It can be a rapid antigen test, which will be available at pharmacies from Wednesday and these give results after 15 minutes.

4:13pm - On Omicron, Ardern says the Ministry of Health will give advice on the variant in early January to confirm they're still comfortable for Kiwis in Australia to come back and self-isolate, rather than head into MIQ.

This self-isolation move is set to begin on January 17.

4:10pm - Auckland will move to 'Orange' at 11:59pm on Thursday December 30.

All other areas currently in 'Red', excluding Northland, will also move with Auckland to 'Orange' at the same time.

Ardern says it makes sense to be "most cautious" in the area with the lowest vaccination rates.

Those still in 'Red' will have time to get their vaccination rates up to the mid to high 80s.

4:07pm - Ardern has arrived.

She says Cabinet considered several factors in their review, including vaccination rates, health system capacity, and the status of the current outbreak.

Cases have declined in Auckland which is "giving cause for cautious optimism". The lower number of cases is "good news for all of us", she says.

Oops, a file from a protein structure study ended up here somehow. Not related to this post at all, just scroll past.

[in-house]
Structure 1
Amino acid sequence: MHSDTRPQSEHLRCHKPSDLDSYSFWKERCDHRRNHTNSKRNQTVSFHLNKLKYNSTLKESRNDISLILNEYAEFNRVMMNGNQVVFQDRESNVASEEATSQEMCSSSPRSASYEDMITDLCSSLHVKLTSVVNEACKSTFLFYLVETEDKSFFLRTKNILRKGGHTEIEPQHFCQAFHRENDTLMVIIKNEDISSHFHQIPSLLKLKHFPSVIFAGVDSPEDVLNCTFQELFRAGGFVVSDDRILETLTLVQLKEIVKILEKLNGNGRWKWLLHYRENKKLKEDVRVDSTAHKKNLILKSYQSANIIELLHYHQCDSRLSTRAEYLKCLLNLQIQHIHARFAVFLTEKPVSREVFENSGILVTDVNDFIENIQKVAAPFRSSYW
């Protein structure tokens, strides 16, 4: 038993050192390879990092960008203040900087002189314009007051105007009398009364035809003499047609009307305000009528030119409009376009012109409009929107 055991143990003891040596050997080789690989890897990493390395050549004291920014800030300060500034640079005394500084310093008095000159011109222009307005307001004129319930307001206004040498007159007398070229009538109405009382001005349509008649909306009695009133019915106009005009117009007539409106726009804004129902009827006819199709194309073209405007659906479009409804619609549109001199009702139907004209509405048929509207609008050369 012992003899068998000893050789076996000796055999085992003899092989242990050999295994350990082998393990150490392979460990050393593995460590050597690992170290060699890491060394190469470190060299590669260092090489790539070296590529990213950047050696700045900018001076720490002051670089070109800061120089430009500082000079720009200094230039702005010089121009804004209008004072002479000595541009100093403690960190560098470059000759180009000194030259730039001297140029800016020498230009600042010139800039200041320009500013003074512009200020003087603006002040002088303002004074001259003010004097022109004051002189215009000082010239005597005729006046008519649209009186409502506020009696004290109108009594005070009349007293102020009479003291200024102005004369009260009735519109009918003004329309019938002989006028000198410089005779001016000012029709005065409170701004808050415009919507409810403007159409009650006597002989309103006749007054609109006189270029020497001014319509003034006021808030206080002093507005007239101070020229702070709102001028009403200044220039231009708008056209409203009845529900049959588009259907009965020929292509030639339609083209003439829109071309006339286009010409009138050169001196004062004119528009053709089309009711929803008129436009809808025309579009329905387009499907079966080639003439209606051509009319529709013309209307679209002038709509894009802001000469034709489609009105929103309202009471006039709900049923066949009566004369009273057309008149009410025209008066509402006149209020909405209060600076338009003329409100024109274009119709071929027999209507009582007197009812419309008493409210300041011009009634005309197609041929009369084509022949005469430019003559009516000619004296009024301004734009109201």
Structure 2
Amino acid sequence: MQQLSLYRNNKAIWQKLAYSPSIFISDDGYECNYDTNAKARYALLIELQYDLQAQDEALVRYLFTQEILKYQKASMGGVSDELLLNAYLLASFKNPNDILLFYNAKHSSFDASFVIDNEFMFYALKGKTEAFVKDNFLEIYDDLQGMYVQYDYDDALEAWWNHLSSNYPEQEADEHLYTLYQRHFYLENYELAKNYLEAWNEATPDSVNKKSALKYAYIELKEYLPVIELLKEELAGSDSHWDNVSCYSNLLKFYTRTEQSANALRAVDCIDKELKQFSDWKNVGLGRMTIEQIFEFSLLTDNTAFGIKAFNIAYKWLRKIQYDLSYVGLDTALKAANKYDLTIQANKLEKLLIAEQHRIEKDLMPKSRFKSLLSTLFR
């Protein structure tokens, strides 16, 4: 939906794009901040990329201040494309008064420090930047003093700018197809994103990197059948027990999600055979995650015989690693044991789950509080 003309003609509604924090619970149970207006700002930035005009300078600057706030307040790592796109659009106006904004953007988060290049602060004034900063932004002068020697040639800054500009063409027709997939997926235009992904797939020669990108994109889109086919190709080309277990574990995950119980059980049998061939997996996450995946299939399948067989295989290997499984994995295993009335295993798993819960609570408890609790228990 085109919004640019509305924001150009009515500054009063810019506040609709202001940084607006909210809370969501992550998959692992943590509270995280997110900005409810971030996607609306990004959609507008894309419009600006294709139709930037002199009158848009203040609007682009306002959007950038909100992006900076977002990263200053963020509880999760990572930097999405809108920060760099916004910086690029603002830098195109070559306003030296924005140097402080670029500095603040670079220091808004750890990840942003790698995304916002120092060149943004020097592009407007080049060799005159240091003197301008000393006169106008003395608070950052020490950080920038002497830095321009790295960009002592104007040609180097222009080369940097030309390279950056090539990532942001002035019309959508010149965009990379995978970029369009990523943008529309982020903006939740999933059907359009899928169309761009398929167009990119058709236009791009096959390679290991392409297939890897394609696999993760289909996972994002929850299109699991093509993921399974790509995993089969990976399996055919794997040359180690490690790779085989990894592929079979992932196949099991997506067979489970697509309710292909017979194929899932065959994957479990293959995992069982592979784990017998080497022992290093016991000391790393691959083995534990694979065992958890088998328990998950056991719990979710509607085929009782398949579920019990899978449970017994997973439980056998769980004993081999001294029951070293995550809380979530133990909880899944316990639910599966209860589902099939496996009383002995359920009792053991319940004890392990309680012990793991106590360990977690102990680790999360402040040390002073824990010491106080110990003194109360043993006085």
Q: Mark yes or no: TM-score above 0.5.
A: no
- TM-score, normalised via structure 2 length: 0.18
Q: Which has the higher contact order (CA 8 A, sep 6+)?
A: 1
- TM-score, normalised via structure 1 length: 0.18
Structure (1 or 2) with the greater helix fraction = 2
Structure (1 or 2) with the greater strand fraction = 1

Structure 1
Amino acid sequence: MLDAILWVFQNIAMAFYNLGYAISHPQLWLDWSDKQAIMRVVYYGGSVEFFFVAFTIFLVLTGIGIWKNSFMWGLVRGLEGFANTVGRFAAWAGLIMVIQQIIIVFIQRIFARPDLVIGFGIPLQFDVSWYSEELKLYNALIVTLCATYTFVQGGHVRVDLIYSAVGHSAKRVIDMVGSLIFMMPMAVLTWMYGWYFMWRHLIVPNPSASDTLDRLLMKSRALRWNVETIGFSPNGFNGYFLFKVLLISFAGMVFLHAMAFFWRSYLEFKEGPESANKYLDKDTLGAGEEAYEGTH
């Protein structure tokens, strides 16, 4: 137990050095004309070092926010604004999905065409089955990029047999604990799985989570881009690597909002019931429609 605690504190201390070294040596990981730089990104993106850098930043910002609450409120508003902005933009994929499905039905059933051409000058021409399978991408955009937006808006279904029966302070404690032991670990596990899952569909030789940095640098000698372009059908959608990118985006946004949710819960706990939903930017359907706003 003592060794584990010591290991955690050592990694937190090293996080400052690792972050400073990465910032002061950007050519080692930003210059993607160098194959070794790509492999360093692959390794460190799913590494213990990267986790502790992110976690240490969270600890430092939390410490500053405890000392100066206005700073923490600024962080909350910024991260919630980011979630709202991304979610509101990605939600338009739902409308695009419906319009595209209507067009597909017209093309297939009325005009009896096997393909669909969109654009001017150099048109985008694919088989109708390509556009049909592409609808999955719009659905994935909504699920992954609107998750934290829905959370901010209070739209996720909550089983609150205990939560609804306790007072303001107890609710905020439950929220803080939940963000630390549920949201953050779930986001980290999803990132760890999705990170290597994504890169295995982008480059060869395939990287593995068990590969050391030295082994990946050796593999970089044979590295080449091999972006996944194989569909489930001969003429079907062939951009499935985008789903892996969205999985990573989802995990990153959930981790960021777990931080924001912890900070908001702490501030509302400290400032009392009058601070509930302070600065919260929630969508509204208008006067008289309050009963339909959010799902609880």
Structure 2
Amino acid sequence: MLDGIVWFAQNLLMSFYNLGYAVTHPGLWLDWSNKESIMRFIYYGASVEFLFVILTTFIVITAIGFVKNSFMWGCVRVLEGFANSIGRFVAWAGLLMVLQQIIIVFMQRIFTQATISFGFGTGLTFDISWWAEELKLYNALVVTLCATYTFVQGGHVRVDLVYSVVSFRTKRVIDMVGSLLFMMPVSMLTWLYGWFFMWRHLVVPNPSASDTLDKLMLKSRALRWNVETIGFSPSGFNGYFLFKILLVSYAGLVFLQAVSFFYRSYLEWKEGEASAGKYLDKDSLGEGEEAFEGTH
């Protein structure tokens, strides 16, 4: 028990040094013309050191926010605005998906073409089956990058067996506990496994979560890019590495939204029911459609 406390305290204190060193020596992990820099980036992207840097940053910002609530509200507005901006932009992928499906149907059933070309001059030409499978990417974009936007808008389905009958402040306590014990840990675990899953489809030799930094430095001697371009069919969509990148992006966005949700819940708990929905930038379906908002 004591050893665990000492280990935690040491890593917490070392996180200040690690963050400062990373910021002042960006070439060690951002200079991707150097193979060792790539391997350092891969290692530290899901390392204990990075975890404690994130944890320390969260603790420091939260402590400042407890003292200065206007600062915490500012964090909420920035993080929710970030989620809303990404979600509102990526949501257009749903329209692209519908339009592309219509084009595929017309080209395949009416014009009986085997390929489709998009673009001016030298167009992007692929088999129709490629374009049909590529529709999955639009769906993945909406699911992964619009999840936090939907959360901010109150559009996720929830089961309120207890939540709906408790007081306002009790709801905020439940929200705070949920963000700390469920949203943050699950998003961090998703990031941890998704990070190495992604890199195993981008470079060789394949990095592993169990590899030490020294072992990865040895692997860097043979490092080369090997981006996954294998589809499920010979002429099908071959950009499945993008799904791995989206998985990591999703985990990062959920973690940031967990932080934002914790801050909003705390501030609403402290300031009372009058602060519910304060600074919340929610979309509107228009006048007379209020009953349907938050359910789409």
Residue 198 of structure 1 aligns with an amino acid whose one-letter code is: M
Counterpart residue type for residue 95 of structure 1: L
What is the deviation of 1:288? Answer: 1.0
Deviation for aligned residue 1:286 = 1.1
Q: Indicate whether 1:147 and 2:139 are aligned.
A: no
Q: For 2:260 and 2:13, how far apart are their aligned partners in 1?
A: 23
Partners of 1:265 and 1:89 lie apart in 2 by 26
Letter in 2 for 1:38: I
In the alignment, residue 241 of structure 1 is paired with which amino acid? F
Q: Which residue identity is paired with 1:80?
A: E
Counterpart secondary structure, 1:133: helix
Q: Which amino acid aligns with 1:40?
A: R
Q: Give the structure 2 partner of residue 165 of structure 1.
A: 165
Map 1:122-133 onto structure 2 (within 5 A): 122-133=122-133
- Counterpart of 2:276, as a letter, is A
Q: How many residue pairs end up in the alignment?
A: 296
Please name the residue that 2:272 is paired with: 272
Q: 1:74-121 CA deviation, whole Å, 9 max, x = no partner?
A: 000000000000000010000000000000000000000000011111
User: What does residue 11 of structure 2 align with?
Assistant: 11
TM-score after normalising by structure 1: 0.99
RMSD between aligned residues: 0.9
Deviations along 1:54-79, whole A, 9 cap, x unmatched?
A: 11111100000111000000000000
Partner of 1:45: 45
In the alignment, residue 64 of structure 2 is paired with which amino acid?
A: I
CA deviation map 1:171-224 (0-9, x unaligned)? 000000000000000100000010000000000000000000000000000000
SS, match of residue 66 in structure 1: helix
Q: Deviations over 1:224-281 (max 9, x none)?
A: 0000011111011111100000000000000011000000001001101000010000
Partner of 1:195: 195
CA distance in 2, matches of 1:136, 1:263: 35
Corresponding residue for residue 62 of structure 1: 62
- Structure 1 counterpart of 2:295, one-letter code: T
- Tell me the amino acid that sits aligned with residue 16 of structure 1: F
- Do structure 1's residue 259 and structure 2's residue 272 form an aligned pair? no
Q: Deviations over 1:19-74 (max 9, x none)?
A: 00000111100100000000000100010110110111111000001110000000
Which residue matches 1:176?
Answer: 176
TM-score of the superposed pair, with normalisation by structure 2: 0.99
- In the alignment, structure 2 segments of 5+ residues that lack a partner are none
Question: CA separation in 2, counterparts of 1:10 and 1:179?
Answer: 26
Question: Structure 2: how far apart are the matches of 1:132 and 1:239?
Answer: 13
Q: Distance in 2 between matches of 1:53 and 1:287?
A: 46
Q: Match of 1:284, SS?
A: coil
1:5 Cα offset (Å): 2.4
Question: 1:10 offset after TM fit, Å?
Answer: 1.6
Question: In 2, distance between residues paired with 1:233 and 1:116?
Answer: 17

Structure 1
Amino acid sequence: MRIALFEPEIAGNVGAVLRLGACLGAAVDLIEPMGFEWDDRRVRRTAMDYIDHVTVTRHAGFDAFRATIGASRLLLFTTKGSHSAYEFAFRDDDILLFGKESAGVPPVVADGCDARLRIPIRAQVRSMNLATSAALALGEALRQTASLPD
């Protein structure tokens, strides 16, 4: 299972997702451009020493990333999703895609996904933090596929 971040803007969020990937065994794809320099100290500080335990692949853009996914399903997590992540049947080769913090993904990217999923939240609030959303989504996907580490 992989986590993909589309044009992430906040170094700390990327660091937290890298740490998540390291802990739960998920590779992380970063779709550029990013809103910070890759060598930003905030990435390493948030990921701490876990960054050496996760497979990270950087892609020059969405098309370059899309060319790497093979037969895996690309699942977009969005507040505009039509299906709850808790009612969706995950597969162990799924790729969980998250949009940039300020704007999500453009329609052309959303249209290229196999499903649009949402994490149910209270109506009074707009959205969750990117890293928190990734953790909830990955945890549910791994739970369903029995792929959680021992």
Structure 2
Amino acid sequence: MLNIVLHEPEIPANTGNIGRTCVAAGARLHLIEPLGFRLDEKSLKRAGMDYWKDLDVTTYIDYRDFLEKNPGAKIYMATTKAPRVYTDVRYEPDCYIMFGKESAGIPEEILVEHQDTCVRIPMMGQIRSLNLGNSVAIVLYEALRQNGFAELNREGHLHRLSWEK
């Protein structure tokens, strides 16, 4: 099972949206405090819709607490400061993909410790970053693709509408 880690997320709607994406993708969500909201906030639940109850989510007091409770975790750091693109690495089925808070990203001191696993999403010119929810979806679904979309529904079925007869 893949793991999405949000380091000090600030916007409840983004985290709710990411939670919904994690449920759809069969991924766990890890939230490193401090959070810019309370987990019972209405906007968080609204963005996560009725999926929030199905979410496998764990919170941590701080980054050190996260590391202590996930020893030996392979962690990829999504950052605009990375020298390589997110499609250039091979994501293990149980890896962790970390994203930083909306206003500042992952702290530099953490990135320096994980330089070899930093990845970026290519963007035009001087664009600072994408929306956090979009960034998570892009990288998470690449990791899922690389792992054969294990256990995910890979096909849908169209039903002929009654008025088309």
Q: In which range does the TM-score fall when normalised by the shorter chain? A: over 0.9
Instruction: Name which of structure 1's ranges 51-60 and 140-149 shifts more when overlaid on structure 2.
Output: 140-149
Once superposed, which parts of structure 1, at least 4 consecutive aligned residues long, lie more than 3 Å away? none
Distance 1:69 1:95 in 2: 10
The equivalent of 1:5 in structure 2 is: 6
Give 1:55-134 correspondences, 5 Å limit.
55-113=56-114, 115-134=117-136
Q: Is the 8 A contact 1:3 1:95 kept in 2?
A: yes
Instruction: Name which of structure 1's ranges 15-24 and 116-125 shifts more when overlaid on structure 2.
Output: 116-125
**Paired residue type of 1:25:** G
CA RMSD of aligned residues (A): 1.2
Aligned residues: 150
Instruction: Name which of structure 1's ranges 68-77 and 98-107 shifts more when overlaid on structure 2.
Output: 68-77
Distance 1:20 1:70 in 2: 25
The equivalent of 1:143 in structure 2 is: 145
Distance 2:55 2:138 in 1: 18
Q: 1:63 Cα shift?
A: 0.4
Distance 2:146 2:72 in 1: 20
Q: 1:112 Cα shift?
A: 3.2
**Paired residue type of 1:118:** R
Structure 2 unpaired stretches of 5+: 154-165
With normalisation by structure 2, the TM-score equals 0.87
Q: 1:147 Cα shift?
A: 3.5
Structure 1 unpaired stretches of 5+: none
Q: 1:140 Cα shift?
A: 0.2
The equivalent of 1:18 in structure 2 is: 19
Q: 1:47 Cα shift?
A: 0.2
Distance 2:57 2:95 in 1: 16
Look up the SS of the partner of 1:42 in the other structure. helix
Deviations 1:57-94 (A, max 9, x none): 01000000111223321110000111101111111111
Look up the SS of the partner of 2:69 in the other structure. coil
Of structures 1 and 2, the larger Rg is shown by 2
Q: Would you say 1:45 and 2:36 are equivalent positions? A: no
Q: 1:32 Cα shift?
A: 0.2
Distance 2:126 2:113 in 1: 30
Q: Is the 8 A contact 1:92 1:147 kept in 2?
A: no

3:45pm - We're about 15 minutes away from the Government's announcement on whether any regions can shift from their current traffic light settings.

You'll be able to watch a livestream of Jacinda Ardern's post-Cabinet press conference in the video player above. You can also follow along with updates on this page.

3:30pm - A COVID-19 vaccinator has posted an emotional video onto social media revealing she was threatened by a parent who said "they're going to take me for a good ride" if anything happened to their child. 

Hanibrez Sipu, who is a registered nurse and COVID-19 vaccinator in Paihia, posted an emotional video onto TikTok on Thursday that has been viewed more than 63,000 times. 

Sipu revealed that she finished work early after a parent of a child being vaccinated threatened her. 

"The parent of this person who I vaccinated threatened me," she said.

"Now this person told me that if anything happened to their child, they're going to take me for a good ride. 

"That doesn't sit right with me, not at all, that's not ok. It's not ok to threaten vaccinators in general."

Read the full story here.

3pm - To recap, Jacinda Ardern will be fronting a post-Cabinet press conference at 4pm. Cabinet is convening to review the current 'traffic light' settings and decide whether any regions can shift to a new level of the framework for the holiday period. The settings will not be reviewed again until January 17.